From: Douglas Gregor (gregod_at_[hidden])
Date: 2002-09-06 11:22:54
On Friday 06 September 2002 11:31 am, David Bergman wrote:
> If we get that formal, we could not apply "equivalence", or virtually
> any of the terms we have used throughout this thread...
> I think we are better off with translating the arguments into the
> classical "true or false" world, in order to have nomenclature at all.
If the nomenclature doesn't apply in the 3-state world, why are decisions made
using that nomenclature applied to the 3-state world? This logic just doesn't
follow: Narrow the 3-state definition to 2 states; there isn't any proper
equivalence relation, so the 3-state definition is not a good one.
I feel that this thread has gone way off-topic for this library. When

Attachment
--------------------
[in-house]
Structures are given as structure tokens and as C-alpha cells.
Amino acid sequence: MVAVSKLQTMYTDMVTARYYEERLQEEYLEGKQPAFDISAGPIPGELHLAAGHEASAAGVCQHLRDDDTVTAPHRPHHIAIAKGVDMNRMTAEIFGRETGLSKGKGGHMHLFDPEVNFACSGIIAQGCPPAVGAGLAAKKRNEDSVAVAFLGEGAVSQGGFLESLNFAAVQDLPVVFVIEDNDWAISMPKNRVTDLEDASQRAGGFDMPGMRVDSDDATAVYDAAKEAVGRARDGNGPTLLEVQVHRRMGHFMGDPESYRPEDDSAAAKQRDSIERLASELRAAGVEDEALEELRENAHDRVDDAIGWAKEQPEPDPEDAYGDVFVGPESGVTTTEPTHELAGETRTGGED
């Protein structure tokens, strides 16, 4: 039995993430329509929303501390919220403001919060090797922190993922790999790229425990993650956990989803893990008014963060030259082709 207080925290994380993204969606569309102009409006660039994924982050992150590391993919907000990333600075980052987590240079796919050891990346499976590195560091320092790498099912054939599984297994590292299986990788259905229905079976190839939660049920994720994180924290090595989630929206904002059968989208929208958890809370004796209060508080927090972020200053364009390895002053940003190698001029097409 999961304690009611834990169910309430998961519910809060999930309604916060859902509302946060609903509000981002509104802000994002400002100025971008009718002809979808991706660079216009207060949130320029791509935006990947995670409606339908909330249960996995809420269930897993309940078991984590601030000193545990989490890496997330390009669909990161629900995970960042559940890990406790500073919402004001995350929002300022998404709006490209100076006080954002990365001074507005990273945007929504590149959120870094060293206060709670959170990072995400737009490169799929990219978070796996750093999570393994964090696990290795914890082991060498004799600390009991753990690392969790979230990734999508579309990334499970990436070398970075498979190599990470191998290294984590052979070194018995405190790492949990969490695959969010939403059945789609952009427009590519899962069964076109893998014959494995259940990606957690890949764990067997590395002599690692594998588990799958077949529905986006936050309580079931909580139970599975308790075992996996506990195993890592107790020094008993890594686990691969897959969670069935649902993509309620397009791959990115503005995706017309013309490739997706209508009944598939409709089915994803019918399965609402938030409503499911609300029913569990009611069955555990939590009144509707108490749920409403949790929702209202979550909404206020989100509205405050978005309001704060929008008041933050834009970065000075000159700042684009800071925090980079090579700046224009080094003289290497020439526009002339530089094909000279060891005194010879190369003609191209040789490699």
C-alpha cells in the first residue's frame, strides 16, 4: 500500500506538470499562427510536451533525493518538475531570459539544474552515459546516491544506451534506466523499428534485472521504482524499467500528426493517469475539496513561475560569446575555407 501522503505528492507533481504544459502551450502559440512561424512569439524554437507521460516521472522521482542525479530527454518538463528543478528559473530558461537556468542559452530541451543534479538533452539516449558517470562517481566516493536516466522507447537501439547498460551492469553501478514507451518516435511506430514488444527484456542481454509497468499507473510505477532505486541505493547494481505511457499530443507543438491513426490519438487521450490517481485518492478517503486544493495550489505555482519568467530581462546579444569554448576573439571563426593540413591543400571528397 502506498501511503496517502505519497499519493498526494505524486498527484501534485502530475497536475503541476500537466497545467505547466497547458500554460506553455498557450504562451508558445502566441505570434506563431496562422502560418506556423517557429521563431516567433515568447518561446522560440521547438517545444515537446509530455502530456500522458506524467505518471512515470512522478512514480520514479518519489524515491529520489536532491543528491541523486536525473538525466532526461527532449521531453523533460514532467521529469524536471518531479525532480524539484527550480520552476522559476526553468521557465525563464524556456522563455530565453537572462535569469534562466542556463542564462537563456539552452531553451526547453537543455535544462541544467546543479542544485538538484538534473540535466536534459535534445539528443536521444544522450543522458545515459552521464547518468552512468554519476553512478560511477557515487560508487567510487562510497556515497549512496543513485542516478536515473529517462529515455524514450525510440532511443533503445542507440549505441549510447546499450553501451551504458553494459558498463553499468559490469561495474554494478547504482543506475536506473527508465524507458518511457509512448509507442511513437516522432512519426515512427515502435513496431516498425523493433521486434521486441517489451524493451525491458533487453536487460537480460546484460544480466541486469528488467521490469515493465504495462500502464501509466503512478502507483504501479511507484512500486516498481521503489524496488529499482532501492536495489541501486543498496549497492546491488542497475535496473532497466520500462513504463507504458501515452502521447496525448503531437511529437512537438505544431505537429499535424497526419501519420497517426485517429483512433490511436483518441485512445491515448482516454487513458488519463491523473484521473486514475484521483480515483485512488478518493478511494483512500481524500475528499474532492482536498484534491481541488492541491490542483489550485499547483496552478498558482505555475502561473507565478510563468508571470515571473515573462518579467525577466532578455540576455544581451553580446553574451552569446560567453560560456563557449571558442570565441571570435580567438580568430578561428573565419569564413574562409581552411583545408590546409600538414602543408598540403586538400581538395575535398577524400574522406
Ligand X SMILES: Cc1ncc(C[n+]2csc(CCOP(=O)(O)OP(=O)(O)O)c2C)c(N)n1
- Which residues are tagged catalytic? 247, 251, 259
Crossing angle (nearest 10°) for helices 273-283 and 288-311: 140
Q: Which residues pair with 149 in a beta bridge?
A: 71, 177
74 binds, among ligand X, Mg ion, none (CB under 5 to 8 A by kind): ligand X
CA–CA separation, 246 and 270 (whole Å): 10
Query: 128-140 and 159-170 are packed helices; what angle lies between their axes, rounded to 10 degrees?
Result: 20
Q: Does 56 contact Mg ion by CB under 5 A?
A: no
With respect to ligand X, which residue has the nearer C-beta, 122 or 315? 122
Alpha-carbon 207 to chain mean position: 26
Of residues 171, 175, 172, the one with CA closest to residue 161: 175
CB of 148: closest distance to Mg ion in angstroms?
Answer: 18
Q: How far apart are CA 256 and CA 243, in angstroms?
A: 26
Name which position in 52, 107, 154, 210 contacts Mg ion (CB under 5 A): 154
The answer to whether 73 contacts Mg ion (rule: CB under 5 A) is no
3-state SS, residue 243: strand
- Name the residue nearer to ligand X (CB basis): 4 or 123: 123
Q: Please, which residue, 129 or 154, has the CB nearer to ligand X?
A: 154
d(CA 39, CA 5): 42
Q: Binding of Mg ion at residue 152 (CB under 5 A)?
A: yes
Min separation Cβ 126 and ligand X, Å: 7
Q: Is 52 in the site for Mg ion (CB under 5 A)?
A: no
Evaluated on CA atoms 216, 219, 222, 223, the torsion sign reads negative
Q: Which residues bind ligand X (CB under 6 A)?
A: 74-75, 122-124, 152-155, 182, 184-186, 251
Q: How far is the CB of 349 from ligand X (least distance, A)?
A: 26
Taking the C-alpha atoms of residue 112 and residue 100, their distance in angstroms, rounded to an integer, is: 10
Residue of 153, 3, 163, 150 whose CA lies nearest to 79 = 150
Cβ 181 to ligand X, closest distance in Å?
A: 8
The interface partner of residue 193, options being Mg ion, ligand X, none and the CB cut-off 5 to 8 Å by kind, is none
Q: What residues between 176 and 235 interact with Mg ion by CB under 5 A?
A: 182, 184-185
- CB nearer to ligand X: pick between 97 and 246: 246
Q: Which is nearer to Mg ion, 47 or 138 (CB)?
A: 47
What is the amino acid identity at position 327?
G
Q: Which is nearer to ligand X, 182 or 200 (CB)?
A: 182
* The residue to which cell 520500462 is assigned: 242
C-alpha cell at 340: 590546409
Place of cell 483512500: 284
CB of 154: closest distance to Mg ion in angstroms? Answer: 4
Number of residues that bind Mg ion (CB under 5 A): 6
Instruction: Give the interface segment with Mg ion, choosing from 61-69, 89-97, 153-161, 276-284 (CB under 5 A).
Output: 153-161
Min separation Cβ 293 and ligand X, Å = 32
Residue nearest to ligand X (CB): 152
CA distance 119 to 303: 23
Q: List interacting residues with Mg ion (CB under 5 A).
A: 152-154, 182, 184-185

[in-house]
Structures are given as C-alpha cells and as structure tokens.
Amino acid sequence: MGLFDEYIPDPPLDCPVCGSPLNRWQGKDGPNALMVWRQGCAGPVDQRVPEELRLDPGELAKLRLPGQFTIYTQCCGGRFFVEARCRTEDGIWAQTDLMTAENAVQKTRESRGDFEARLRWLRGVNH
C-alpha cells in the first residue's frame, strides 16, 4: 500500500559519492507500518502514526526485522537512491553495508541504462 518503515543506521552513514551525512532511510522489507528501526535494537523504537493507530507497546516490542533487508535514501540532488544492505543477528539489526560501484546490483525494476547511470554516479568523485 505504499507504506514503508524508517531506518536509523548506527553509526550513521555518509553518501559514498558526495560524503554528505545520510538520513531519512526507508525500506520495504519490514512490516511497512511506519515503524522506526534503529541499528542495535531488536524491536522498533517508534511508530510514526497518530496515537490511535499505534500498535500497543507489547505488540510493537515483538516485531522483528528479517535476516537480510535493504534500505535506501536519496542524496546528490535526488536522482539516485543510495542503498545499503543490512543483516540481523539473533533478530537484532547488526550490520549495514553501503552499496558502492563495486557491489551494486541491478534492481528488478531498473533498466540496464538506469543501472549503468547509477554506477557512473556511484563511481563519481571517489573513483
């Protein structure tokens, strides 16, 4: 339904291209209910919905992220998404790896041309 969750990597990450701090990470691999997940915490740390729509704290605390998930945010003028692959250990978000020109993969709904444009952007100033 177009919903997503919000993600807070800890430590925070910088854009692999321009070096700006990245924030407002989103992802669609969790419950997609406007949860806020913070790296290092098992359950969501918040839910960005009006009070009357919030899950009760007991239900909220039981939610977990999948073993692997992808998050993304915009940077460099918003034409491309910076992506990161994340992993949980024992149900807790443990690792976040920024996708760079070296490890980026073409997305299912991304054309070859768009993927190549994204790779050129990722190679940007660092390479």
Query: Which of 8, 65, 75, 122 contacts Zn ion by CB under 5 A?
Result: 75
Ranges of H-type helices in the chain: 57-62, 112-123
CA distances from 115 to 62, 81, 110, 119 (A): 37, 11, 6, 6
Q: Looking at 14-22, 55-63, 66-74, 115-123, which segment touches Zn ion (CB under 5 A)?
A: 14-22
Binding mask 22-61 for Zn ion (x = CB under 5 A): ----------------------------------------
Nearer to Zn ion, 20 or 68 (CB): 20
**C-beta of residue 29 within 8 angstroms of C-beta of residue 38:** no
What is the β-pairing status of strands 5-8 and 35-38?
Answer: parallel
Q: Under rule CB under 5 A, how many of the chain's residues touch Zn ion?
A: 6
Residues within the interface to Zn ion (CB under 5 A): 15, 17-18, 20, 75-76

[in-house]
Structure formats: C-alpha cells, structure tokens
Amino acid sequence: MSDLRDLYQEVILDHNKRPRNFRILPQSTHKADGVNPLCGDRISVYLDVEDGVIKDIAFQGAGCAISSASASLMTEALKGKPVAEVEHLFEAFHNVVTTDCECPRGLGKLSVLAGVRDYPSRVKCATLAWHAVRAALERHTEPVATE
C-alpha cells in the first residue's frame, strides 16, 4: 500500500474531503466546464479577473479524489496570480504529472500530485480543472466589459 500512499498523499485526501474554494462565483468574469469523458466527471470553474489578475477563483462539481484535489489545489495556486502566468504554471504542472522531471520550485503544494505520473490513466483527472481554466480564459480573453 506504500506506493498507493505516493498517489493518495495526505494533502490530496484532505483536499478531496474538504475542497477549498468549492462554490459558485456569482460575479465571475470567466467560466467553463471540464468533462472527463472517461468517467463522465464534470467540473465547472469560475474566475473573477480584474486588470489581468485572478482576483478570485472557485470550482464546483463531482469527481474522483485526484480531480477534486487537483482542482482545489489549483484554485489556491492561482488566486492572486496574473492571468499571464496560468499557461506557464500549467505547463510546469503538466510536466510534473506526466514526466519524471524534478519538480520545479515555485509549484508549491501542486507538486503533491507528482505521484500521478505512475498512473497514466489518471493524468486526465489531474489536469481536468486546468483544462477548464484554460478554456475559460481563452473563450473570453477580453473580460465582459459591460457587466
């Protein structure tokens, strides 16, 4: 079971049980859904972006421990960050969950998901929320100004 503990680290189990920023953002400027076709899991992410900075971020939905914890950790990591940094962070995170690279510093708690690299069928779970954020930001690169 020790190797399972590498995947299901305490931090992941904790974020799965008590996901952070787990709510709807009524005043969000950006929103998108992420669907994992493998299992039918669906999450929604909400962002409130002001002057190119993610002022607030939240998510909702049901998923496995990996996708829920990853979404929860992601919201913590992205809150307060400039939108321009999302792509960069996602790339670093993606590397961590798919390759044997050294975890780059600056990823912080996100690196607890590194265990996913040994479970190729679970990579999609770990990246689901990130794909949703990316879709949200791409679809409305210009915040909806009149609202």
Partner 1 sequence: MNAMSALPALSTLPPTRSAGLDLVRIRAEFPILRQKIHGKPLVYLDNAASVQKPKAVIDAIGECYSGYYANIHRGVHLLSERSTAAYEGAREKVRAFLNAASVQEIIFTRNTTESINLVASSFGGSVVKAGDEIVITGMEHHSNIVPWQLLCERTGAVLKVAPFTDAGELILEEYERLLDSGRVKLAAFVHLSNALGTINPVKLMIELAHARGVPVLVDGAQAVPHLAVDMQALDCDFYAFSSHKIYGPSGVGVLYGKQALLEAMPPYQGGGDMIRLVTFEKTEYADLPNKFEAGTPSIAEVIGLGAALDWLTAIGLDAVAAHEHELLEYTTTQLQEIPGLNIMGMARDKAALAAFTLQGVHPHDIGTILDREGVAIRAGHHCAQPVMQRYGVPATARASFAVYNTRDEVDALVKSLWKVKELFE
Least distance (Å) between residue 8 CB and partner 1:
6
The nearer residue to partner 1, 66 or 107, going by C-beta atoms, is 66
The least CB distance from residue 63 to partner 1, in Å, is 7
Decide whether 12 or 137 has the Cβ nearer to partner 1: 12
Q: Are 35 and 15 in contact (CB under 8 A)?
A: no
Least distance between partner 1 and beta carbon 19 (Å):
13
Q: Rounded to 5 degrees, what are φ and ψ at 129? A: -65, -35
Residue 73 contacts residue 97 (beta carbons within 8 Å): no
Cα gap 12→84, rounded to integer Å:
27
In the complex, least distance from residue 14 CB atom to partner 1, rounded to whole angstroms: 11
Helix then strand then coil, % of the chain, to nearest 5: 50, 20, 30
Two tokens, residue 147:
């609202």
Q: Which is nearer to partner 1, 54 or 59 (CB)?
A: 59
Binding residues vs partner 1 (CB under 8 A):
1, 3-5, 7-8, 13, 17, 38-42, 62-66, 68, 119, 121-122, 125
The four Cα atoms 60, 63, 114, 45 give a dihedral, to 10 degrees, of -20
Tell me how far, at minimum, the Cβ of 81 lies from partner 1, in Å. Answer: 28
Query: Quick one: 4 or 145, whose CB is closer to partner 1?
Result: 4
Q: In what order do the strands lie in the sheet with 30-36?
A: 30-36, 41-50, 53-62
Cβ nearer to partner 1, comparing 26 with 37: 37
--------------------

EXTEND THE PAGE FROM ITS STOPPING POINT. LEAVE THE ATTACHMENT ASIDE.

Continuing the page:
designing a library, we are faced with the task of finding the best interface
to suit the set of tasks the library is to be used for. The problem is
two-fold: (1) we need to determine the set of tasks that can be solved with
the library and (2) we need to construct an interface that fits well within
the domains of these tasks.
However, in this thread we have wandered off into the question "What is a good
semantics for interval relations?", which I would argue is irrelevant to
library design. The related, relevant question we _should_ be answering is
"What semantics for interval relations are needed in the application domains
we want to support?"
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